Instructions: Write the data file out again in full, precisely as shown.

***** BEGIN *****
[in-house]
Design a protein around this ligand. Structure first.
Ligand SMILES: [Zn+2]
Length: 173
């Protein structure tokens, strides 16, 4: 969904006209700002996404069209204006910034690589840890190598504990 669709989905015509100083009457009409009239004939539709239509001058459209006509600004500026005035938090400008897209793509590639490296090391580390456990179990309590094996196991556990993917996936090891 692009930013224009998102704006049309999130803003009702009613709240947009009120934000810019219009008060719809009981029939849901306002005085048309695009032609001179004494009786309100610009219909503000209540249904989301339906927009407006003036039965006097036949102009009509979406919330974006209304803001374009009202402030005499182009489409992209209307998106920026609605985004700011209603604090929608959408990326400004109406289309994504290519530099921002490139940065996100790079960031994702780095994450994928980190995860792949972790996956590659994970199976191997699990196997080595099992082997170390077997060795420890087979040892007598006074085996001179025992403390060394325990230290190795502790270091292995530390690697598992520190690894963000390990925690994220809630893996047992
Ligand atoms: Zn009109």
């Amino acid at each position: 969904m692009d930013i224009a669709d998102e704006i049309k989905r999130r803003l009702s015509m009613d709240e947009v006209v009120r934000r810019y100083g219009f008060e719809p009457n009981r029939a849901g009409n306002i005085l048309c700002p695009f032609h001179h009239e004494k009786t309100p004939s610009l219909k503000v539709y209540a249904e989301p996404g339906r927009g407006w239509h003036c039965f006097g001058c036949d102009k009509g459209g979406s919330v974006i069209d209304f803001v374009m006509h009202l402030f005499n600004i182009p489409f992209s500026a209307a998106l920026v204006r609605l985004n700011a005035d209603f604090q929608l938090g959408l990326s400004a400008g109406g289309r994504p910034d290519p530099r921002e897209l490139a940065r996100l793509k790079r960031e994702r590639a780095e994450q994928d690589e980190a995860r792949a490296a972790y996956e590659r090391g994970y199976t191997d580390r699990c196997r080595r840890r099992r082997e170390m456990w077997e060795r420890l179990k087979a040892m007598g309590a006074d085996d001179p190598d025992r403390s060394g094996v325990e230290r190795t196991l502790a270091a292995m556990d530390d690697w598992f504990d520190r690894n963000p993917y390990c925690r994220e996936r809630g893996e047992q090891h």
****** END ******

[in-house]
Design a protein around this ligand. Structure first.
Ligand SMILES: [Zn+2]
Length: 173
């Protein structure tokens, strides 16, 4: 969904006209700002996404069209204006910034690589840890190598504990 669709989905015509100083009457009409009239004939539709239509001058459209006509600004500026005035938090400008897209793509590639490296090391580390456990179990309590094996196991556990993917996936090891 692009930013224009998102704006049309999130803003009702009613709240947009009120934000810019219009008060719809009981029939849901306002005085048309695009032609001179004494009786309100610009219909503000209540249904989301339906927009407006003036039965006097036949102009009509979406919330974006209304803001374009009202402030005499182009489409992209209307998106920026609605985004700011209603604090929608959408990326400004109406289309994504290519530099921002490139940065996100790079960031994702780095994450994928980190995860792949972790996956590659994970199976191997699990196997080595099992082997170390077997060795420890087979040892007598006074085996001179025992403390060394325990230290190795502790270091292995530390690697598992520190690894963000390990925690994220809630893996047992
Ligand atoms: Zn009109």
């Amino acid at each position: 969904m692009d930013i224009a669709d998102e704006i049309k989905r999130r803003l009702s015509m009613d709240e947009v006209v009120r934000r810019y100083g219009f008060e719809p009457n009981r029939a849901g009409n306002i005085l048309c700002p695009f032609h001179h009239e004494k009786t309100p004939s610009l219909k503000v539709y209540a249904e989301p996404g339906r927009g407006w239509h003036c039965f006097g001058c036949d102009k009509g459209g979406s919330v974006i069209d209304f803001v374009m006509h009202l402030f005499n600004i182009p489409f992209s500026a209307a998106l920026v204006r609605l985004n700011a005035d209603f604090q929608l938090g959408l990326s400004a400008g109406g289309r994504p910034d290519p530099r921002e897209l490139a940065r996100l793509k790079r960031e994702r590639a780095e994450q994928d690589e980190a995860r792949a490296a972790y996956e590659r090391g994970y199976t191997d580390r699990c196997r080595r840890r099992r082997e170390m456990w077997e060795r420890l179990k087979a040892m007598g309590a006074d085996d001179p190598d025992r403390s060394g094996v325990e230290r190795t196991l502790a270091a292995m556990d530390d690697w598992f504990d520190r690894n963000p993917y390990c925690r994220e996936r809630g893996e047992q090891h």